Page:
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But that does not mean they were lost.
Someone knows about the subs and what they carried, knows too where they might be, and has an extraordinary plan in store for the prize inside, a plan that could reshape the world as we know it. All that stands in the way are three people: a marine biologist named Summer, a marine engineer named Dirk, and their father, Dirk Pitt, the new head of NUMA.
Pitt has faced devastating enemies before, has even teamed up with his children to track them down and end their menace, but never has he looked upon the face of pure evil...until now.
"Brick's slick performance does justice not only to the plot, but also to the assortment of foreign characters whose accents ring true. His voluble reading makes the hours of listening fly by." ( AudioFile)
Customer ReviewsMost Helpful
By Daniel on 05-24-05
Ya Gotta Love Him
Clive Cussler fans will enjoy this book as well or better than Clive's previous Pitt novels. I know I did.
However, in 'Black Wind' Cussler has resorted to an approach to writing that is becoming more and more common with our leading novelists; teaming (and identifying) with another author in writing their later books. As I recall, Tom Clancy was one the first to do so in recent times.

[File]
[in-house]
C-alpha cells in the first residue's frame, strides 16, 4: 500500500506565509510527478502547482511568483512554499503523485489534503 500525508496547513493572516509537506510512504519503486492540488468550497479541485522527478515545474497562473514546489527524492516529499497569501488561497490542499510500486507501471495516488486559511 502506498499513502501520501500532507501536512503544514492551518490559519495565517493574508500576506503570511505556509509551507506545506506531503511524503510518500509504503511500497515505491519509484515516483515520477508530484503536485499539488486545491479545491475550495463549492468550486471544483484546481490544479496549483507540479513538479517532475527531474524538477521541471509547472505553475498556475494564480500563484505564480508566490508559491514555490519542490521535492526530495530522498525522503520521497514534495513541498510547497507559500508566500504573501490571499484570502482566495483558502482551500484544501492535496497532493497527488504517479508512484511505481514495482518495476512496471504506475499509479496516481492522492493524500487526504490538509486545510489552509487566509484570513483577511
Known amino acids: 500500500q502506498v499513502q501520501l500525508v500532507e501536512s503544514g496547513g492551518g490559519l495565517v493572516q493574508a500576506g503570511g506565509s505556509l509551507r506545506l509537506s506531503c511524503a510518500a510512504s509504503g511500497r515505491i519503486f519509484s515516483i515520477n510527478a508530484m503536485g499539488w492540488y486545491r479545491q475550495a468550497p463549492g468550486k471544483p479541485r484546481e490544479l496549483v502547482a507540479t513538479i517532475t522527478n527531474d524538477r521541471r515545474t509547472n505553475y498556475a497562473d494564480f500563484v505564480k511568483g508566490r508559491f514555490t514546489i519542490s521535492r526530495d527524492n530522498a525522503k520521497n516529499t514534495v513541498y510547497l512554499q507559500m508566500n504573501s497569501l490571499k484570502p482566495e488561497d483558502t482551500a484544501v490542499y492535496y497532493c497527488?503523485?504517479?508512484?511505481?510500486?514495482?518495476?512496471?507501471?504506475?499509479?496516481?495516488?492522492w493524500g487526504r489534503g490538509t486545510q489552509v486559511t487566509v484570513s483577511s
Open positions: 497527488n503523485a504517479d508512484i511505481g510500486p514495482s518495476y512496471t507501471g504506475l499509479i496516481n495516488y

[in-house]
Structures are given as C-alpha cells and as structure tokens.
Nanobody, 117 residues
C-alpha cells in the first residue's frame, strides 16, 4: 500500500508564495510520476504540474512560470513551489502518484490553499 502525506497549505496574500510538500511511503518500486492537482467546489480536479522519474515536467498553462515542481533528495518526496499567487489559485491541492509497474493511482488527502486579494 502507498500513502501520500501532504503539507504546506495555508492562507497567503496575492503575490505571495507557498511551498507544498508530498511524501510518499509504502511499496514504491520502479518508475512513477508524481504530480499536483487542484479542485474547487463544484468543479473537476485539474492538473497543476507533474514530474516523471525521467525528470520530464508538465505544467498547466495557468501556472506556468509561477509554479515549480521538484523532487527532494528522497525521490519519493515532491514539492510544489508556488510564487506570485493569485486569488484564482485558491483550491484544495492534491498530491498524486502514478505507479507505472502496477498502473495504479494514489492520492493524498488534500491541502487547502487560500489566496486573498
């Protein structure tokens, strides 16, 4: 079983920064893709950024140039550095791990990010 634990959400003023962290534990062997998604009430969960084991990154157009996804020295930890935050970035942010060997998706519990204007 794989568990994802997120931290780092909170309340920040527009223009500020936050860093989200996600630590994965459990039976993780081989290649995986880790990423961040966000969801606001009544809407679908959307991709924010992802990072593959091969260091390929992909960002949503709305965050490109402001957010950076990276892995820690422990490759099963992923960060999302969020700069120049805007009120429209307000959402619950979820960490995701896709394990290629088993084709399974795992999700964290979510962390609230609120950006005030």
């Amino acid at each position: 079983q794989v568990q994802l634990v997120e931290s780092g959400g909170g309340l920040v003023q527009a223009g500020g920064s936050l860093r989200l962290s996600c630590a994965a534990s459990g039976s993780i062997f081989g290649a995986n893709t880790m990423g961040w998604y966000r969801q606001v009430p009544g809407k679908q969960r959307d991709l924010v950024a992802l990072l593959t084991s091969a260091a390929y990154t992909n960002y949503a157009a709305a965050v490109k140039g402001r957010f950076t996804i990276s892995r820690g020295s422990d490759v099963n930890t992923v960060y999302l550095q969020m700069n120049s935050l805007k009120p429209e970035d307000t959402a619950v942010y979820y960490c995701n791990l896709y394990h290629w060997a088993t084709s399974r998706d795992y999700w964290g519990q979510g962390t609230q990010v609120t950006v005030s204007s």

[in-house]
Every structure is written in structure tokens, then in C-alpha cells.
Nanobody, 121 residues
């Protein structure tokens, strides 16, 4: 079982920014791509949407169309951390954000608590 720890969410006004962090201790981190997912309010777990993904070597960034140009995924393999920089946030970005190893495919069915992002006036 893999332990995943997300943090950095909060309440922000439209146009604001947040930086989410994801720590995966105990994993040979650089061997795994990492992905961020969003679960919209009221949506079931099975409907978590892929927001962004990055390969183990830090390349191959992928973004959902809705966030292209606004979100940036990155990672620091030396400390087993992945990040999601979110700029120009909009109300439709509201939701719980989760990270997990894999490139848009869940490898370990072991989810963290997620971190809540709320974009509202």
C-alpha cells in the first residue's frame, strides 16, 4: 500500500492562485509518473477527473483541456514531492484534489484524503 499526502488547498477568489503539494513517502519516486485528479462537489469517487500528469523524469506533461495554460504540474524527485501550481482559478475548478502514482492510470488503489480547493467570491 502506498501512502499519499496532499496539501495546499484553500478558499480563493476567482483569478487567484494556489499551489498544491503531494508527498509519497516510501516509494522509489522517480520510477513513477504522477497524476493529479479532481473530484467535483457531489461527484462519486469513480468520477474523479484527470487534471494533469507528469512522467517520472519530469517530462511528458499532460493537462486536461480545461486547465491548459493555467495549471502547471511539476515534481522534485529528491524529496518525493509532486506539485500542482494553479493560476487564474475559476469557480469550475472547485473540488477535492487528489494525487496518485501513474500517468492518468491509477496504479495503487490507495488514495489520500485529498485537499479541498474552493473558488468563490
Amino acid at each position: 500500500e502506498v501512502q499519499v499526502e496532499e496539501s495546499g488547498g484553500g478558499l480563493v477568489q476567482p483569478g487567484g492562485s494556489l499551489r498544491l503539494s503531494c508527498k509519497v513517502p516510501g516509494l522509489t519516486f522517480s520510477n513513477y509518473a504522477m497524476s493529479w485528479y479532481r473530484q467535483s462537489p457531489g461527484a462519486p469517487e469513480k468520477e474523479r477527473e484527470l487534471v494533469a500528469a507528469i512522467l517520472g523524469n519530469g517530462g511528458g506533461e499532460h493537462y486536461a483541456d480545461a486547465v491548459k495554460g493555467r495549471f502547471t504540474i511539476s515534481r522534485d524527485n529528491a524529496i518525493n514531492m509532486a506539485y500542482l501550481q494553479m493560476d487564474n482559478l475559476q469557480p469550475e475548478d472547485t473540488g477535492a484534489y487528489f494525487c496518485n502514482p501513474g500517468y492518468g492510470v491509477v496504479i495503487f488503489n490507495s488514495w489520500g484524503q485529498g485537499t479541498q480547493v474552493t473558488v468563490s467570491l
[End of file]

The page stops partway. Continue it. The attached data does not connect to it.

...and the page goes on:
While apparently an attractive approach for the author, I am not sure that these collaborations give fair value to their readers. In other words, I find that most of these products are inferior to the author's earlier output.
At best, I suppose, the addition of a complementary collaborator can add demonstrable qualitative value to a work. Unfortunately, I haven't come across an instance where that is true. A second reason for teaming up is to add some 'weight' to the book. I find that this is the most prevalent exemplar.
Please don't get me wrong; I don't believe this approach is, ipso facto, inferior -- I don?t. ?Black Wind' seems to fall into this category and I found it to be a good read.
What this format does is make the book's 'style' different. After ingesting a ton of Cussler books (as I have), one comes to expect a distinctive m?tier; an inherent structure, vocabulary, flow, sentence and paragraph construction, etc., etc.
What I noticed was considerably more content to long descriptive passages (occasionally pages in length) that talk ABOUT stuff. Whereas Cussler has always provided us with ACTION, it is a bit off-putting to be confronted with whole sections of the book where NOTHING HAPPENS, interspersed with the kind of familar action passages we have come to expect and love.
Bottom line? It's still a good read with the partnership taking little away from the overall quality of 'Black Wind.'
39 of 42 people found this review helpful
By Lynda on 04-29-05
I am currently reading the hardback of this book because I couldn't find it on Audio. Thanks audible for getting some recent Cussler books! Now I can get caught up on Dirk and Summer and their dad. The twins are having some thrilling adventures in this one and as usual there is a guest appearance.
26 of 35 people found this review helpful